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You are here: Home / Publications / Bibliographies and Resource Guides / Information Resources on the Care and Welfare of Dogs   / Husbandry  Printer Friendly Page
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Information Resources on the Care and Welfare of Dogs: Animal Welfare Information Center
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Husbandry

Anonymous (2000). Taking care of your pregnant dog. Veterinary Medicine 95(10): 801-802. ISSN: 8750-7943.
NAL Call Number: 41.8 M69
Descriptors: bitches, pregnancy, pet care, whelping.

Hoffman, M. and L.J. Ackerman (1998). Dogs: The Ultimate Care Guide: Good Health, Loving Care, Maximum Longevity, Rodale Press: Emmaus, PA, 450 p. ISBN: 0875965326 .
NAL Call Number: SF427.D57 1998
Descriptors: care, health, husbandry.

Hubrecht, R.C. and V. Reinhardt (2002). Comfortable quarters for dogs in research institutions . In: V. Reinhardt and A. Reinhardt (Editors), Comfortable Quarters for Laboratory Animals, 9th edition, Animal Welfare Institute: Washington, DC, p. 56-64.
Online: http://labanimals.awionline.org/pubs/cq/dogs.htm
NAL Call Number: SF406.3 .C66 2002
Descriptors: laboratory housing, design, space allowance, socialization requirements, exercise, enrichment devices, handling, stress.

Prescott, M.J. (2004). Refining dog husbandry and care. Eighth report of BVAAWF/FRAME/RSPCA/UFAW Joint Working Group on Refinement. Laboratory Animals 38(Suppl.. 1): 1-94. ISSN: 0023-6772.
NAL Call Number: QL55.A1L3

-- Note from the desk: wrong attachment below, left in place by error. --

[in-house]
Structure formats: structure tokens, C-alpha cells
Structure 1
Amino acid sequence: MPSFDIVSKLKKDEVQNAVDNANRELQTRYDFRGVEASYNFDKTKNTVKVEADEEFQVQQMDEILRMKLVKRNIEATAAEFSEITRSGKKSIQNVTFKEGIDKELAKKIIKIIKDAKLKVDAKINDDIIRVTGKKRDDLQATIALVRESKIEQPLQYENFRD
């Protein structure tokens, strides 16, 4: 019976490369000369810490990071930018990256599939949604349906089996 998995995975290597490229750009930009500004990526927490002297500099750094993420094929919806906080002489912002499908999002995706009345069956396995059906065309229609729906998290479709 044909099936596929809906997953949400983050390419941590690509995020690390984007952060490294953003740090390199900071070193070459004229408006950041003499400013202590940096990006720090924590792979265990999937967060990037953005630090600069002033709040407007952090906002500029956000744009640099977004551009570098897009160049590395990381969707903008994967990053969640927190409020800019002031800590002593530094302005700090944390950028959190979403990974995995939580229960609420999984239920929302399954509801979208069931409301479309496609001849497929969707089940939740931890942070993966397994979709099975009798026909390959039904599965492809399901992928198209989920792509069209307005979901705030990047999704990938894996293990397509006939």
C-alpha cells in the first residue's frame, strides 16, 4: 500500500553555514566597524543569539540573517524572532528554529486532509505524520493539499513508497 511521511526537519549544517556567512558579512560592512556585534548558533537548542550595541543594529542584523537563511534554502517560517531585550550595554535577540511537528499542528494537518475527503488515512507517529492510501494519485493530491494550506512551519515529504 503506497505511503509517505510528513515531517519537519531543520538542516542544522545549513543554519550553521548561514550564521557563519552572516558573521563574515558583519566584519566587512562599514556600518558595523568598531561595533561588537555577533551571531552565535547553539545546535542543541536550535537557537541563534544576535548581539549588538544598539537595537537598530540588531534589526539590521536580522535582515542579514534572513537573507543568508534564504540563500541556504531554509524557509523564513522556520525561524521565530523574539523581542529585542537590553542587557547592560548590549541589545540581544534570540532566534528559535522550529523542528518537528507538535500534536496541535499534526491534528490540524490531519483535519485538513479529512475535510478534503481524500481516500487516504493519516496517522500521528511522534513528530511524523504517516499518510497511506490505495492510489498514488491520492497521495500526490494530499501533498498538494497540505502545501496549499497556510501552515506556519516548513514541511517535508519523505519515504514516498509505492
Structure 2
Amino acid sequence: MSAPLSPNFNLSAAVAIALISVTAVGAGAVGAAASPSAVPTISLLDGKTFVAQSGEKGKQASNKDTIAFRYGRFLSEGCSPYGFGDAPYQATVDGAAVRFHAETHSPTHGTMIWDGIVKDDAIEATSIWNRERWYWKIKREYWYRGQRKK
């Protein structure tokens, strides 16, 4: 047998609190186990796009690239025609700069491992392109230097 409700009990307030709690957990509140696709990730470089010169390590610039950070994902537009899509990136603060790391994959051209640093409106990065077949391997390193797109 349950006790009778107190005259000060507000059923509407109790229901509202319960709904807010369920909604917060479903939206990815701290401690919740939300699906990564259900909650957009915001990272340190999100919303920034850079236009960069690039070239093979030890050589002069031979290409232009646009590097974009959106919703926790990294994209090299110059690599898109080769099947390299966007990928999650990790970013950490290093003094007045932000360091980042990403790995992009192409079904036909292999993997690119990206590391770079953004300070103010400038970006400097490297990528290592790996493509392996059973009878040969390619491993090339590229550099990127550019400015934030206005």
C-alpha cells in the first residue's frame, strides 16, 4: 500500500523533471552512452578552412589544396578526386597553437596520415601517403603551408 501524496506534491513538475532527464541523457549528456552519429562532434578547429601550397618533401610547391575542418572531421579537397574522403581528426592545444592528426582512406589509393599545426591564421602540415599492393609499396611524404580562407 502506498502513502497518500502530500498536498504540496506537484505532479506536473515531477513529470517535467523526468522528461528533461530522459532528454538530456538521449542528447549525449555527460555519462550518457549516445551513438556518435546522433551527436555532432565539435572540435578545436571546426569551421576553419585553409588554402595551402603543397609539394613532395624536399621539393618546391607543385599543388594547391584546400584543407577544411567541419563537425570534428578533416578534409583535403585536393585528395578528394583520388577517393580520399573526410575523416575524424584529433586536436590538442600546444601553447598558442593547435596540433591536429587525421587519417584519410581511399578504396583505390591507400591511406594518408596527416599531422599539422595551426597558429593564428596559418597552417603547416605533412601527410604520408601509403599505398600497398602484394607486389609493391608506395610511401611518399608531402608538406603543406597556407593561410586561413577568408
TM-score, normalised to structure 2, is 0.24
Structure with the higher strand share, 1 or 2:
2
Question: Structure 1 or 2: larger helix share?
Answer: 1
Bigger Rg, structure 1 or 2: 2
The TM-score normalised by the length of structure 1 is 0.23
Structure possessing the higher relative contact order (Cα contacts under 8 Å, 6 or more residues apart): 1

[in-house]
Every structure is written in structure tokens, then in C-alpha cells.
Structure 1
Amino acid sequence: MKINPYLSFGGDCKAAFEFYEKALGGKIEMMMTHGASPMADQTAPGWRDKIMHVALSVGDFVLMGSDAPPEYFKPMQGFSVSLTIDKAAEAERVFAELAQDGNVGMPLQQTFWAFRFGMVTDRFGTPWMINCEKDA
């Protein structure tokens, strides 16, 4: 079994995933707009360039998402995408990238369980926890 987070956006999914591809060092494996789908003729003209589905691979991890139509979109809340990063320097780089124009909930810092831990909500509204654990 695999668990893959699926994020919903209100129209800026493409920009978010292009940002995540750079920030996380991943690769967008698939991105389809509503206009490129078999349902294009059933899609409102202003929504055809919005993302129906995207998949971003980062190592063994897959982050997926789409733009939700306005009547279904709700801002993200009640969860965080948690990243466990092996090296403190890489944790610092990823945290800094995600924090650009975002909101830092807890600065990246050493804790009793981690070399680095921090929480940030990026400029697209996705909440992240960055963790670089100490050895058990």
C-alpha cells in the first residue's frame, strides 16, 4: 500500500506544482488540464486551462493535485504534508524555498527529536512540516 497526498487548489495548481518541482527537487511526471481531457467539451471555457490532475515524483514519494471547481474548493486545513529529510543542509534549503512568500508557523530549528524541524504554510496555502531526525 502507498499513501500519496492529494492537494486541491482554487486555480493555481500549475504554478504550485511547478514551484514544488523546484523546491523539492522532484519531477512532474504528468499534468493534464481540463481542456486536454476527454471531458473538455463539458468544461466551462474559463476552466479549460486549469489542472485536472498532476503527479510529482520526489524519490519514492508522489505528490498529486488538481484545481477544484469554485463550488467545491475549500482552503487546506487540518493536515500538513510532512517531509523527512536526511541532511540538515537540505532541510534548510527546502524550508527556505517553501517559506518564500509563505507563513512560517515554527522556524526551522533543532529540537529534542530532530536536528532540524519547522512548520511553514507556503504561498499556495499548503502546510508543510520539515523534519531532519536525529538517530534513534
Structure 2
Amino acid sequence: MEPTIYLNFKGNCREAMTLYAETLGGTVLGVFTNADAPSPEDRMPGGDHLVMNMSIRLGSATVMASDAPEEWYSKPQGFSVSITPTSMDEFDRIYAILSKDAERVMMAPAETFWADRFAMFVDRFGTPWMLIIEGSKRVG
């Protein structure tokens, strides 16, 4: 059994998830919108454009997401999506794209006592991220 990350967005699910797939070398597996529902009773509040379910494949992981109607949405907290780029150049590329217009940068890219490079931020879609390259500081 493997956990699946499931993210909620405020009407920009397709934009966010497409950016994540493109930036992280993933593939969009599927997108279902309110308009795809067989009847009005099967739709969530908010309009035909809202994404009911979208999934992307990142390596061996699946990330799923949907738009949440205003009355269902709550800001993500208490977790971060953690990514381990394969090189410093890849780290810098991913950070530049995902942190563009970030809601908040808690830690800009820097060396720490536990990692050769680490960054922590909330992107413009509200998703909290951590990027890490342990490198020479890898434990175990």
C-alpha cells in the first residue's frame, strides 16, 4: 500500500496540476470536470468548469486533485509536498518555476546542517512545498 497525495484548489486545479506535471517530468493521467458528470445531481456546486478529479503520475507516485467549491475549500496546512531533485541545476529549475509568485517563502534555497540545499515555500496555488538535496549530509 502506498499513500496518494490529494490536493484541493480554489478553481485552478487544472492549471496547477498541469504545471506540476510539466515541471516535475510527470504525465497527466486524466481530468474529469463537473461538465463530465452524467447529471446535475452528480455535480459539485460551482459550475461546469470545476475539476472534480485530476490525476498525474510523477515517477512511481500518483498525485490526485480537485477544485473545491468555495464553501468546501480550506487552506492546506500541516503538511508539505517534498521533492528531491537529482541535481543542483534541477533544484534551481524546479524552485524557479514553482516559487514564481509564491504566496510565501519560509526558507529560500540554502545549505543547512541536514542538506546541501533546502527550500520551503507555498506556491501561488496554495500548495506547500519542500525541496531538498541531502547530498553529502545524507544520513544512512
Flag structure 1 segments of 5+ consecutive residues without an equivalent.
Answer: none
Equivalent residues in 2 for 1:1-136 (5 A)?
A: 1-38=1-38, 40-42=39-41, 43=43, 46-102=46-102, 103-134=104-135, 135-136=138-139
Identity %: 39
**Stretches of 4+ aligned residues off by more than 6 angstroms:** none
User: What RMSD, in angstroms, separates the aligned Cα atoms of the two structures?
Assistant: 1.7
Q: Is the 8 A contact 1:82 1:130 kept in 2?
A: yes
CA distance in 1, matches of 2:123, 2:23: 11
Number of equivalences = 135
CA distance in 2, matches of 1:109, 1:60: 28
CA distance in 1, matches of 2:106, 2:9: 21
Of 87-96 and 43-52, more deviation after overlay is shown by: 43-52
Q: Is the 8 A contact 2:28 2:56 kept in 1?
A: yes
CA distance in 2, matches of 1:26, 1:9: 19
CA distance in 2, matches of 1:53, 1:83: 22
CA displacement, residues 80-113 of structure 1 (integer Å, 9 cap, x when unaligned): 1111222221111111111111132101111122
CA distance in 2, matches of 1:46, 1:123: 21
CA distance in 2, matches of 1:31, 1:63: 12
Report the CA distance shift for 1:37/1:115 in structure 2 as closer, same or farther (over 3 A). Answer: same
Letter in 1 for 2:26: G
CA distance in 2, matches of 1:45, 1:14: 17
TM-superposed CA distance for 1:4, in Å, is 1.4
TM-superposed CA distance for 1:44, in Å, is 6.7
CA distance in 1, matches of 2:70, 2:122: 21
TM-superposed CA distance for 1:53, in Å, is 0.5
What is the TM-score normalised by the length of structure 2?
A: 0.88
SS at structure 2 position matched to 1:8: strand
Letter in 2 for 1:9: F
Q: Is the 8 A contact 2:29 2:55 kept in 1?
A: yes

Abstract: An estimated 140 000 dogs are used worldwide in research and testing every year. Although there is a growing trend of providing more complex environments for laboratory dogs, worldwide much dog husbandry and care fails to incorporate what is known about their natural behaviour and their behavioural and welfare needs. With this in mind, the BVAAWF/FRAME/RSPCA/UFAW joint Working Group on Refinement set out to identify and document ways in which dog husbandry and care can be refined to make significant reductions in suffering and improvements in animal welfare. The Working Group's report contains recommendations on housing and on physical environment, food and feeding, environmental enrichment and exercise, health and hygiene, identification and record keeping, breeding, balancing supply and demand, grouping, transport, handling and restraint, procedures, long-term use, rehoming, staff training, and areas for future research for refining dog husbandry and care. Advice is also given on interpreting dog signals, preventing and managing aggression, and controlling noise in dog facilities. Particular emphasis is placed on providing an enriched environment for dogs which permits them to express a wide range of normal behaviour and to exercise a degree of choice, and on combining this with a socialization, habituation and training programme. Together these measures should significantly reduce and/or eliminate fear-elated behavioural responses and stereotypic behaviours. They will also have a positive effect on the behavioural development of the dogs, helping to ensure that calm, confident, and well-adjusted individuals are issued to the end-use areas. This in turn will assist in the collection of reliable and accurate experimental data from dog studies and will avoid unnecessary wastage of life. The report represents a valuable resource for staff training. It should be read and thought about, and the recommendations acted upon, by all those involved with the management, care and use of dogs bred and used for research and testing. Where standards fall below those detailed here, a programme of improvement should be put in place. This should aim to achieve a proper balance between conspecific and human social interaction for dogs, and provide pens and other environments developed with an understanding of the natural behaviours of the dog, and empathetic personnel trained and competent to care for them. Employing a canine behaviour specialist can help to achieve these aims. It may be necessary for managers of facilities to rethink the way that dog husbandry and care has been practised in the past in order to allocate the time, staffing and funding required to implement the programme. Only through sincere commitment, adequate resources and sufficient will to change can significant reductions in suffering and improvements in animal welfare be guaranteed.